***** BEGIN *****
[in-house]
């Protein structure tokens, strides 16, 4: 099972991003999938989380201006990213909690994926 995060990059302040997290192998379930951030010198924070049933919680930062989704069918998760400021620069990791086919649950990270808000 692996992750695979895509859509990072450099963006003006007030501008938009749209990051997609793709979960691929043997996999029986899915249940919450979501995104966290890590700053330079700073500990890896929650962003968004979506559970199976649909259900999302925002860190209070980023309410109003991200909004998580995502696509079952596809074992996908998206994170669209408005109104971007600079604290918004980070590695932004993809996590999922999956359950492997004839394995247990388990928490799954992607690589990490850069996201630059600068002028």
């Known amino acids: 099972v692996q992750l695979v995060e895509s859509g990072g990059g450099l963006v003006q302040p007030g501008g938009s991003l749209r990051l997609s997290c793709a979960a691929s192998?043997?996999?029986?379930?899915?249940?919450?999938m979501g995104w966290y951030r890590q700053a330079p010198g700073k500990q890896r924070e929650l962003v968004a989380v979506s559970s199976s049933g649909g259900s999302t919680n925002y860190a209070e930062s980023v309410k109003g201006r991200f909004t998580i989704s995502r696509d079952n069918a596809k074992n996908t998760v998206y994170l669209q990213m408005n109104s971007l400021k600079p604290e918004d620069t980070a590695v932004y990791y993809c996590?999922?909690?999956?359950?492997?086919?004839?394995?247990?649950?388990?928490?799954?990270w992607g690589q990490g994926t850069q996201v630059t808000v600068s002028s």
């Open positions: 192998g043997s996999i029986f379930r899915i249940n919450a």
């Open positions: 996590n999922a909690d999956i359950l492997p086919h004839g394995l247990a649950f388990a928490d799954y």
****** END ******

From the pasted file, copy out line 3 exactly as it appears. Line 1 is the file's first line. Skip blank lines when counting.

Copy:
């Known amino acids: 099972v692996q992750l695979v995060e895509s859509g990072g990059g450099l963006v003006q302040p007030g501008g938009s991003l749209r990051l997609s997290c793709a979960a691929s192998?043997?996999?029986?379930?899915?249940?919450?999938m979501g995104w966290y951030r890590q700053a330079p010198g700073k500990q890896r924070e929650l962003v968004a989380v979506s559970s199976s049933g649909g259900s999302t919680n925002y860190a209070e930062s980023v309410k109003g201006r991200f909004t998580i989704s995502r696509d079952n069918a596809k074992n996908t998760v998206y994170l669209q990213m408005n109104s971007l400021k600079p604290e918004d620069t980070a590695v932004y990791y993809c996590?999922?909690?999956?359950?492997?086919?004839?394995?247990?649950?388990?928490?799954?990270w992607g690589q990490g994926t850069q996201v630059t808000v600068s002028s």